A lot of people die in hospitals, but not usually in stairwells where they remain undetected for weeks.
San Francisco hospital officials are scratching their heads after a woman who disappeared at the city’s busiest hospital after seeking treatment for a bladder infection turned up dead in a little-used stairwell there 17 days later.
Dr. Todd May, San Francisco General Hospital and Trauma Center’s chief medical officer, told the San Francisco Chronicle that Lynne Spalding, 57, may have been the victim of too many safety measures. “We have alarm overload in medicine,” he said. “We have alarms of various types that are intended to be safety measures, but it can be a cacophony of chirps and beeps and you can become desensitized to that. . . . There is literature about this phenomenon.”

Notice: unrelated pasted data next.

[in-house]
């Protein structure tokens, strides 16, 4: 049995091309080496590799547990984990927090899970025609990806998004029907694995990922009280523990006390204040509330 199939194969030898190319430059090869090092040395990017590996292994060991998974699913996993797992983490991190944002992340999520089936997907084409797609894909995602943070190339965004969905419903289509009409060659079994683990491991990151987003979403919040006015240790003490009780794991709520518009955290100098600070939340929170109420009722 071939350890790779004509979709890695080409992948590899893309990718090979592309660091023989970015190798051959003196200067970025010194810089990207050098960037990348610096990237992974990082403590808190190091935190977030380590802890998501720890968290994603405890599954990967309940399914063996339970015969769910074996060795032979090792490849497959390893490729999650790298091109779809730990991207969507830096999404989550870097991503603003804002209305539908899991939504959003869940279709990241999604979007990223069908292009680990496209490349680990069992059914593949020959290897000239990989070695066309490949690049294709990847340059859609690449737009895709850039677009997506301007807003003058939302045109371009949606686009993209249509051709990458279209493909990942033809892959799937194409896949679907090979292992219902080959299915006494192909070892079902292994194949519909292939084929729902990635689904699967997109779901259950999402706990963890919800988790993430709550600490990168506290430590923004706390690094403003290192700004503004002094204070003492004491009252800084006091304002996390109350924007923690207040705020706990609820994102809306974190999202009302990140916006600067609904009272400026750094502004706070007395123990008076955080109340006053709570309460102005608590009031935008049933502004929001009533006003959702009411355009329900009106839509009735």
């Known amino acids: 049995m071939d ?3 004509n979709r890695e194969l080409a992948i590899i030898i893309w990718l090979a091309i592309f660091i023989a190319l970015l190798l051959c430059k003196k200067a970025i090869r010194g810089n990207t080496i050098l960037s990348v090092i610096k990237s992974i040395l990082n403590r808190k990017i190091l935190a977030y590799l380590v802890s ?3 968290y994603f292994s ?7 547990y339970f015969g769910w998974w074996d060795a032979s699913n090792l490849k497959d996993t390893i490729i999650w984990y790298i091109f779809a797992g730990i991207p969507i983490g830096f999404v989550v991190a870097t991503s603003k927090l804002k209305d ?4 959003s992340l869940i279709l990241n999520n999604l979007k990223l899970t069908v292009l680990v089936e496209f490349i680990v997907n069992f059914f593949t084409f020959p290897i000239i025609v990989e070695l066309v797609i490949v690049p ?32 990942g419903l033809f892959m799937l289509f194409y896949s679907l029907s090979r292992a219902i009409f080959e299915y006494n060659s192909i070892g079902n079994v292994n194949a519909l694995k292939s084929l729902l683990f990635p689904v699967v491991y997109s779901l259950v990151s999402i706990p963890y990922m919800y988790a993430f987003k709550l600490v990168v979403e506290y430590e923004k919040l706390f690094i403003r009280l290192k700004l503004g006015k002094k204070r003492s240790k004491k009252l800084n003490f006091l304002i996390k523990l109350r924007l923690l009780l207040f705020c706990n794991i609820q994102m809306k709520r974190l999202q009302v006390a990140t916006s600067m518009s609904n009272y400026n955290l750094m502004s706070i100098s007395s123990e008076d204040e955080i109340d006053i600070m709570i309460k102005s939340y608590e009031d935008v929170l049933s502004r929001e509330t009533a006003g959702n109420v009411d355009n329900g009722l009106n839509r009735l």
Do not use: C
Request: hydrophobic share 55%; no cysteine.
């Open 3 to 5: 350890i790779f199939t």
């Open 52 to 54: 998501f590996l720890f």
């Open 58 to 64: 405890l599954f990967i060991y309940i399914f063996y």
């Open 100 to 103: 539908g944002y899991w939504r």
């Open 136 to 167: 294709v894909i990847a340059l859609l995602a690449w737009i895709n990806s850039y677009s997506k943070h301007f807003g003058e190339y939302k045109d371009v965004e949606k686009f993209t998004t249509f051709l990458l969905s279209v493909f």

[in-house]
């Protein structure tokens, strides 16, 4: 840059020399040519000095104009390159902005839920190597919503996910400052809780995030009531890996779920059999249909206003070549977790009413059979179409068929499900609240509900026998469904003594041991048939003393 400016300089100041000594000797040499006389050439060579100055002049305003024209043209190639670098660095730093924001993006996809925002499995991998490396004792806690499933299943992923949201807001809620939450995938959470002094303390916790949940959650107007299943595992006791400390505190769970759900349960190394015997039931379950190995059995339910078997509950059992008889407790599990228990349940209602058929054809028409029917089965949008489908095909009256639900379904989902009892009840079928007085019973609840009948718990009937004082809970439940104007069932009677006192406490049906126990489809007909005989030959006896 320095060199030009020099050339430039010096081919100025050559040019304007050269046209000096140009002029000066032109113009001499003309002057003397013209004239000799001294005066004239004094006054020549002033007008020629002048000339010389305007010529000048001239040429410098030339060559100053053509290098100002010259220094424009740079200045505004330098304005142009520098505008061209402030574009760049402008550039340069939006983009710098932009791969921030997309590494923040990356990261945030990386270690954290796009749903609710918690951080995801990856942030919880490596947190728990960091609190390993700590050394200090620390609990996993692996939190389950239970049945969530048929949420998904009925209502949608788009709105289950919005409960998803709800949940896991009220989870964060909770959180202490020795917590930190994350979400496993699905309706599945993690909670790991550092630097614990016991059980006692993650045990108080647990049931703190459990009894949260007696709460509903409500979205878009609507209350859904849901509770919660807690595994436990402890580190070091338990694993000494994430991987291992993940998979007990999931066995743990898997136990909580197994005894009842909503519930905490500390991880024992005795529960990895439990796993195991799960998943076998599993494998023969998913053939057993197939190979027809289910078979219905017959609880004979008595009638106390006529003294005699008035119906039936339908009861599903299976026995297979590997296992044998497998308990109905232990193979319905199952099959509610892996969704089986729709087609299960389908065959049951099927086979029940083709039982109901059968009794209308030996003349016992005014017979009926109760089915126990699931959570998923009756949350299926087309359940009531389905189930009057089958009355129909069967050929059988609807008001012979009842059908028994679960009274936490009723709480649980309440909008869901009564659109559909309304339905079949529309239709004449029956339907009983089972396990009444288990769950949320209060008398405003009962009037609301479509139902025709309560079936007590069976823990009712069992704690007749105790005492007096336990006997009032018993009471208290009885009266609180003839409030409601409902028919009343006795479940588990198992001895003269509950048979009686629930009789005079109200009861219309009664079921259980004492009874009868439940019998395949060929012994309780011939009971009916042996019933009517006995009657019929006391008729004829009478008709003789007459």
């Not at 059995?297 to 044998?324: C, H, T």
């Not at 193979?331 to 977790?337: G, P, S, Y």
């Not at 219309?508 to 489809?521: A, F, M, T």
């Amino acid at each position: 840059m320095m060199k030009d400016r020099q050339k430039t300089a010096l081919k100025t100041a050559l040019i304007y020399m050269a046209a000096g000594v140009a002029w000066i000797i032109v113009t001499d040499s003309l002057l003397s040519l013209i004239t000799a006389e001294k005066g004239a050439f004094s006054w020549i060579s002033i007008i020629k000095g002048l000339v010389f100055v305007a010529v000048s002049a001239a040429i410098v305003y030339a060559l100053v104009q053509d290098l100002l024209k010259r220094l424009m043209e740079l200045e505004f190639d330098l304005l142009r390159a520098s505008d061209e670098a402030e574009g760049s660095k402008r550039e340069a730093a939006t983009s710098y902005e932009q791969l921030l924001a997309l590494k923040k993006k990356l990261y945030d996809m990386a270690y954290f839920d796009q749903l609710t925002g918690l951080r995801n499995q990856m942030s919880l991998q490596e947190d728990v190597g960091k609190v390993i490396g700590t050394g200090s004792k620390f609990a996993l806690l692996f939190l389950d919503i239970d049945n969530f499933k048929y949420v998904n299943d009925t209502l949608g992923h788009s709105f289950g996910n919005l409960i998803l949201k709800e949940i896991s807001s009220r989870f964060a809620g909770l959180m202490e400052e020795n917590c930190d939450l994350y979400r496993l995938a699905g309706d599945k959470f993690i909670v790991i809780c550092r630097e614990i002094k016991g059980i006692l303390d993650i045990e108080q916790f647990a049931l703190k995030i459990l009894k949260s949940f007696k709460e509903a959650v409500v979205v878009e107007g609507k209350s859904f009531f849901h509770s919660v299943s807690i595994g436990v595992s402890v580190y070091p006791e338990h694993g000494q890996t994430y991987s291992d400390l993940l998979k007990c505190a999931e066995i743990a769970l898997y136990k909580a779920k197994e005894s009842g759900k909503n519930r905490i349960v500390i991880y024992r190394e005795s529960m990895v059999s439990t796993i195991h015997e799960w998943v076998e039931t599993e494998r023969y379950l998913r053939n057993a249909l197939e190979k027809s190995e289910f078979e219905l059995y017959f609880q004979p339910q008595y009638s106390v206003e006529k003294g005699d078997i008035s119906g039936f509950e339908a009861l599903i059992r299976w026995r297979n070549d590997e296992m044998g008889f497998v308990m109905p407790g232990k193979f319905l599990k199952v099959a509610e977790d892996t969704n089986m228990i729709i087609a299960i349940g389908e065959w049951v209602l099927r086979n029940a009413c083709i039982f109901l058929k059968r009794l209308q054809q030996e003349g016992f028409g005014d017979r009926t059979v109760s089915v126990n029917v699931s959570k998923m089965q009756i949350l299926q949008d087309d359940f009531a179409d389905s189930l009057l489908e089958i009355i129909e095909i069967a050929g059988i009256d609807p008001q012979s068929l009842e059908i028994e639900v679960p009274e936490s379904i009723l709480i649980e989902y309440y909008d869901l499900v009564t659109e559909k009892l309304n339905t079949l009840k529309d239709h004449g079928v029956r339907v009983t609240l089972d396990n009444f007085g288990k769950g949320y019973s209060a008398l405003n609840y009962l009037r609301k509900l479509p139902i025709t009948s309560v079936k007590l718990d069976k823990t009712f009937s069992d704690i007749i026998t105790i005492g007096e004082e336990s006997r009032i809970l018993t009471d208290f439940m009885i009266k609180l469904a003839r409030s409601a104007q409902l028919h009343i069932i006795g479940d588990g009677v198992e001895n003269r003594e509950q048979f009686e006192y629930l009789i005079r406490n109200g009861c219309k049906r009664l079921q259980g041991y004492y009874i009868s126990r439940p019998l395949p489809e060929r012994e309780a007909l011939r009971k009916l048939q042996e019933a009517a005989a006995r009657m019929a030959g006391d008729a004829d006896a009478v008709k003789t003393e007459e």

That’s one theory, but more are certain to be floated in the comings days. San Francisco Mayor Ed Lee said Friday, “I’m not into pointing fingers at this time . . . but I will say this: The city is responsible.” Spalding family spokesman David Perry told ABC, “One would think there would be cameras or something.”
Spalding was the subject of an intensive search inside and outside the hospital after she disappeared in mid-September, but the stairwell where she was found is rarely used for anything except as a fire escape and was apparently overlooked. Preliminary speculation is that she wandered away from her fifth floor room in a haze from medication and couldn’t get back through the self-locked, alarm-equipped door.
The British national, a mother of two who worked in the tourism industry, checked into the hospital two days before her disappearance.
Spalding was discovered last week during a routine quarterly check of hospital safety corridors. It hadn’t been checked since July. The Sheriff’s Department, the hospital, UCSF Medical Center (which partners with the hospital), San Francisco police and state health officials have all begun investigations. The San Francisco Medical Examiner’s Office has already ruled out foul play.